The videotaped execution of an Afghan woman suspected of adultery has gone viral in Europe, and you can see an edited version of the atrocity at The Guardian, which reports, “When the unnamed woman, most of her body tightly wrapped in a shawl, fell sideways after being shot several times in the head, the spectators chanted: ‘Long live the Afghan mujahideen!’ (Islamist fighters) a name the Taliban use for themselves.”
The three-minute video, obtained by Reuters, is a dramatic and striking example of Sharia law enforcement by the non-government Taliban’s disputed resolution methods.
My friend in London compares the execution, which took place in the village of Qimchok in Shinwari district of Parwan province, to what she had previously taken to be “over-the-top” plotting from a novel by Khaled Hosseini.
Coincidentally, I happened to watch another foreign film about adultery this weekend. In a Canadian production called ‘Take This Waltz’ by director Sarah Polley, the marriage of a happy Toronto couple — played by Michelle Williams and Seth Rogan — is endangered when she becomes powerfully attracted to another man. In one scene about which much has been written, six women of various generations — all completely naked in a swimming pool locker room — discuss life’s difficult choices when the “new gets old.”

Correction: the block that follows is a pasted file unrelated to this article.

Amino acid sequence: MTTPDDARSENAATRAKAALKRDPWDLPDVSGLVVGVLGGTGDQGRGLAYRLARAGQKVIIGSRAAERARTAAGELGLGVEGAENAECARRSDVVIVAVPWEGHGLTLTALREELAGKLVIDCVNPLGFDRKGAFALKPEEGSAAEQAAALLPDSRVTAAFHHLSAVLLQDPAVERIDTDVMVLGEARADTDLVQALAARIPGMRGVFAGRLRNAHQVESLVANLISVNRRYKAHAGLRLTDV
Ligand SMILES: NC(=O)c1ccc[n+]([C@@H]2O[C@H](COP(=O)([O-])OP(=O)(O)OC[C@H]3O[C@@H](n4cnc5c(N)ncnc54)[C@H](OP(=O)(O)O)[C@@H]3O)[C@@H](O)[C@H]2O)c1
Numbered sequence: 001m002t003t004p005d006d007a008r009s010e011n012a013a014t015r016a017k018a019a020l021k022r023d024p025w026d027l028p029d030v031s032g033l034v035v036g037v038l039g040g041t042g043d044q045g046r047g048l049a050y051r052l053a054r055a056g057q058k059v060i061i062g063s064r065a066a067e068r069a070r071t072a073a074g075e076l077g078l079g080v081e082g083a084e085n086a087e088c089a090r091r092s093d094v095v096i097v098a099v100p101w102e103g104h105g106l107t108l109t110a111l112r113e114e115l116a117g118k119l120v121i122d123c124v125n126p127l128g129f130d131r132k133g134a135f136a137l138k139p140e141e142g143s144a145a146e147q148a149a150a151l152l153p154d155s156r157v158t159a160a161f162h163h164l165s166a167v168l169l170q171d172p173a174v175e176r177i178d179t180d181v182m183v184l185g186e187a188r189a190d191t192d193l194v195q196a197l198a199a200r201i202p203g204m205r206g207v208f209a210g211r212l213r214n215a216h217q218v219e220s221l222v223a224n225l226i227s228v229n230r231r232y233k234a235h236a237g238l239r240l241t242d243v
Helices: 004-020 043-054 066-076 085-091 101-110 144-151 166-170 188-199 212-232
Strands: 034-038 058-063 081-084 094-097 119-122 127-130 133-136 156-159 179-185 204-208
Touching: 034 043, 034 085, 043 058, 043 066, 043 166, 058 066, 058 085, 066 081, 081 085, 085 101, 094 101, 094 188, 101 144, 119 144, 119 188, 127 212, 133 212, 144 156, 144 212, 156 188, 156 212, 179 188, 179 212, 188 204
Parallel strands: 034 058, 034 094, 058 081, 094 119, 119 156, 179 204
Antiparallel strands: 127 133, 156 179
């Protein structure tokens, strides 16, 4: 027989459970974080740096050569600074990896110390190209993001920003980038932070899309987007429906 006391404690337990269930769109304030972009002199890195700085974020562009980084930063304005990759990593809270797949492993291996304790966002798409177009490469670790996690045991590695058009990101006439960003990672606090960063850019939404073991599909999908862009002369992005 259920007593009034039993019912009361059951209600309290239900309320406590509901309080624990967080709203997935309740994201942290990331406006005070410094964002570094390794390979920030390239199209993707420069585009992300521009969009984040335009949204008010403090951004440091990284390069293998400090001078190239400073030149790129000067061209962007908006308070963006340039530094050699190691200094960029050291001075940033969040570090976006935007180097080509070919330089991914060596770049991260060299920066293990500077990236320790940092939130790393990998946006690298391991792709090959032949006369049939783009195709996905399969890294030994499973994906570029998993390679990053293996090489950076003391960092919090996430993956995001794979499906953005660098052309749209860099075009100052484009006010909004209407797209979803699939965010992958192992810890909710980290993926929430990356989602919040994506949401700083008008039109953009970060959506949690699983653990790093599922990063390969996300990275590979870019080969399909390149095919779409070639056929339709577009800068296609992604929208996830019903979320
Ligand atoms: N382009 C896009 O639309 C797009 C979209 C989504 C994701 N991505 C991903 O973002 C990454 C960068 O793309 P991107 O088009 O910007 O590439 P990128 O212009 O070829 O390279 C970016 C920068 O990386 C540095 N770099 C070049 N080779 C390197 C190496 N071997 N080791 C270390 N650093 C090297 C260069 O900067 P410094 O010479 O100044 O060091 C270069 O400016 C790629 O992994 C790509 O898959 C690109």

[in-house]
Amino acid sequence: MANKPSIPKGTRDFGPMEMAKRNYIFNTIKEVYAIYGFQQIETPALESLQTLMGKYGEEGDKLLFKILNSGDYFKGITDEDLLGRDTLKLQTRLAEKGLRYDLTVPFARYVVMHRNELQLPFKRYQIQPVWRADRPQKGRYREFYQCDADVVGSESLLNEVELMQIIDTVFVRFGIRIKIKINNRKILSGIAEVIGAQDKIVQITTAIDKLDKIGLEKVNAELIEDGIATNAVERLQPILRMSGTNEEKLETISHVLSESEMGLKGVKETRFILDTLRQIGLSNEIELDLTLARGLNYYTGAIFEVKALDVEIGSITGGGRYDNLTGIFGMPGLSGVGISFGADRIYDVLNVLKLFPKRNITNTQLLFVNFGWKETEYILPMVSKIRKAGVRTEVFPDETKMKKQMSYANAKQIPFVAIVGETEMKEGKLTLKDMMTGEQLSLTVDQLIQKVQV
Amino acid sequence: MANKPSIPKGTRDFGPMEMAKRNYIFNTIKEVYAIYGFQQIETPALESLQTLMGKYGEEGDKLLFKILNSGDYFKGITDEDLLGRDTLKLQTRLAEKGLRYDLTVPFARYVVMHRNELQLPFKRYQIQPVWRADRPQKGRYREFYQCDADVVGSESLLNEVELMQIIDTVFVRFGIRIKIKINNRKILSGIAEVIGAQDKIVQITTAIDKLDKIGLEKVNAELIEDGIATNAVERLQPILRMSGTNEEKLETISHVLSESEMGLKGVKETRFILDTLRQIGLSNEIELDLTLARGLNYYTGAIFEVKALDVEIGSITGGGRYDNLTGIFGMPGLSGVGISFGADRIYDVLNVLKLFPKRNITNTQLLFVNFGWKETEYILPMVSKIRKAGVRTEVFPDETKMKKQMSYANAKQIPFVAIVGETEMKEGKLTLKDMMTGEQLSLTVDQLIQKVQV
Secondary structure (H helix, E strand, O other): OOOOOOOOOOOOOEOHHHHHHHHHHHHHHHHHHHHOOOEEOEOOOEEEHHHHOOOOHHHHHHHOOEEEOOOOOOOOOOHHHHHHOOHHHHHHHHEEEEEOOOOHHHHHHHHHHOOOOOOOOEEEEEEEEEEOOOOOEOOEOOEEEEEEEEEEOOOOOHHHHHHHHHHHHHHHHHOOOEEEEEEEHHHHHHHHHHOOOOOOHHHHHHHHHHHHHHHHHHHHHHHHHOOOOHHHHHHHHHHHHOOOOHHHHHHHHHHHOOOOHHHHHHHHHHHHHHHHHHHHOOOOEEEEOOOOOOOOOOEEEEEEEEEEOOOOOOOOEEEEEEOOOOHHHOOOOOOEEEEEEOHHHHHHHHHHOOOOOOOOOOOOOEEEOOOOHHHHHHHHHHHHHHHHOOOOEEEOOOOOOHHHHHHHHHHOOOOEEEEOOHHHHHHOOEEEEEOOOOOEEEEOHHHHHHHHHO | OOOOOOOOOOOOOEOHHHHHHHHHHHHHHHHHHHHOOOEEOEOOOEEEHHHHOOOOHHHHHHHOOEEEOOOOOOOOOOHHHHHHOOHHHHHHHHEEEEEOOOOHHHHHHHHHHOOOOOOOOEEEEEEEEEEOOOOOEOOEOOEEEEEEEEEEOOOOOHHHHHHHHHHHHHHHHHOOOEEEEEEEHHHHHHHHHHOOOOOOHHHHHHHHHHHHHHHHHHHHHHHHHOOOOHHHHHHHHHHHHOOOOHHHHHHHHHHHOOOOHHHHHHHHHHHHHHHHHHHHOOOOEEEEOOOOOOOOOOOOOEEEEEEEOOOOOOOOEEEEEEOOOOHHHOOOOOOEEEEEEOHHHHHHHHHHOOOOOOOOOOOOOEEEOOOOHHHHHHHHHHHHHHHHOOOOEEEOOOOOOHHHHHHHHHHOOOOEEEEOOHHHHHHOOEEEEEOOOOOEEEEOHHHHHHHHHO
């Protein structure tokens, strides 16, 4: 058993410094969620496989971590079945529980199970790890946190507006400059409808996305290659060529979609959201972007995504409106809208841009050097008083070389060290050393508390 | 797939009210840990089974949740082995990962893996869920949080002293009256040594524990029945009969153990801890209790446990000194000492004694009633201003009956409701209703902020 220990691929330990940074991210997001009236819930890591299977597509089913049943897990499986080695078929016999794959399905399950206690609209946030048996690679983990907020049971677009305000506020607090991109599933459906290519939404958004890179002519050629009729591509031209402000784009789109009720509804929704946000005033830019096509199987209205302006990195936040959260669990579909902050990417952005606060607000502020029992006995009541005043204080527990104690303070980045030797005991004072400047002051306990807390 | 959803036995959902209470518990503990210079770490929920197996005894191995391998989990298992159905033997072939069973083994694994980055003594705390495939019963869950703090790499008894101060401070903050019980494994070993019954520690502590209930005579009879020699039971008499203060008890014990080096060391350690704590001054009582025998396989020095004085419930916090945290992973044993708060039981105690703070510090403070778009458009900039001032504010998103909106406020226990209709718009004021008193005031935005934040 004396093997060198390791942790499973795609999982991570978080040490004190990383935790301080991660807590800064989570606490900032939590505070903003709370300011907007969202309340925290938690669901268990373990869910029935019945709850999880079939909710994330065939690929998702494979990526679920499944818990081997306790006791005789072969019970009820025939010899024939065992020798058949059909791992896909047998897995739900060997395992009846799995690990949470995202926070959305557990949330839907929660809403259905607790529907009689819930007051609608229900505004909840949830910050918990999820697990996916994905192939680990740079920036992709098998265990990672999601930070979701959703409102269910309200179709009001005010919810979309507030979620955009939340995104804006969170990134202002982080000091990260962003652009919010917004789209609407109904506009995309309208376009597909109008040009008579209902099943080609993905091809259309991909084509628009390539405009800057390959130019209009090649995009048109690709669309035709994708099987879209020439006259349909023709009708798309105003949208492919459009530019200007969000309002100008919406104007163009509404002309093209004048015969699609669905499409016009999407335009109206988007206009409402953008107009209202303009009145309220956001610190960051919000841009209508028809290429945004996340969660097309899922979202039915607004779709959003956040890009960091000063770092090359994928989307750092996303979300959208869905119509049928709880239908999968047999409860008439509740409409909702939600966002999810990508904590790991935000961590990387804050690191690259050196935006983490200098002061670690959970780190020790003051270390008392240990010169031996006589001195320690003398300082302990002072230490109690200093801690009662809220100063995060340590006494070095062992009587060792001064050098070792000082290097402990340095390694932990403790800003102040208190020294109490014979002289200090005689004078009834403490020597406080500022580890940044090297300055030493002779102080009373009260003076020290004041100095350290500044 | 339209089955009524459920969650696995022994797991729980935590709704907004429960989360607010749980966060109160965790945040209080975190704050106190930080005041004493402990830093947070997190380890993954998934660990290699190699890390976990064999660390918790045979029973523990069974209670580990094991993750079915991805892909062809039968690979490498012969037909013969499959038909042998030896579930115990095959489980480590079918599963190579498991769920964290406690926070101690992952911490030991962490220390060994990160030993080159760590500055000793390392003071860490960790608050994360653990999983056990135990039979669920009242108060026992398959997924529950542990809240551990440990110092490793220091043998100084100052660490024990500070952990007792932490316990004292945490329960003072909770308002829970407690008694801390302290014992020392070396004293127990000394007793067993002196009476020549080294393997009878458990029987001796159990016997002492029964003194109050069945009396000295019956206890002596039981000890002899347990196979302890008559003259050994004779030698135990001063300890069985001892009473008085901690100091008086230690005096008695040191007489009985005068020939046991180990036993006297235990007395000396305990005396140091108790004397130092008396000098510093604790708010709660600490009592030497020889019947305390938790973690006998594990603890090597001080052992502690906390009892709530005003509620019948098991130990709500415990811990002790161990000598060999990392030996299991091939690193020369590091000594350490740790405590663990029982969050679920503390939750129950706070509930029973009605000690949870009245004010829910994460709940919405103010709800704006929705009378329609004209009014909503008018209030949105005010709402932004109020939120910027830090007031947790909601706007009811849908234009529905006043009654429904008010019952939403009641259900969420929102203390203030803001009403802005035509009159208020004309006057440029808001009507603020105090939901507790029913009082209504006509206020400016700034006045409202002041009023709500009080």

As the conflicted wife wavers, her sister-in-law, played by Sarah Silverman, in another standout performance scolds, “Life has a gap in it. It just does.”
Considering that matrimony is voluntary in Canada, the United States and the United Kingdom, I’m surprised how many first marriages stay intact. In these Western countries, it can take several false starts before one finds bliss, and close to half of marriages are legally dissolved.
And far worse than the painful lessons of missed chances and broken hearts is the tragic and often fatal treatment of “unchaste” women.
Bonnie Goldstein is on Twitter @KickedByAnAngel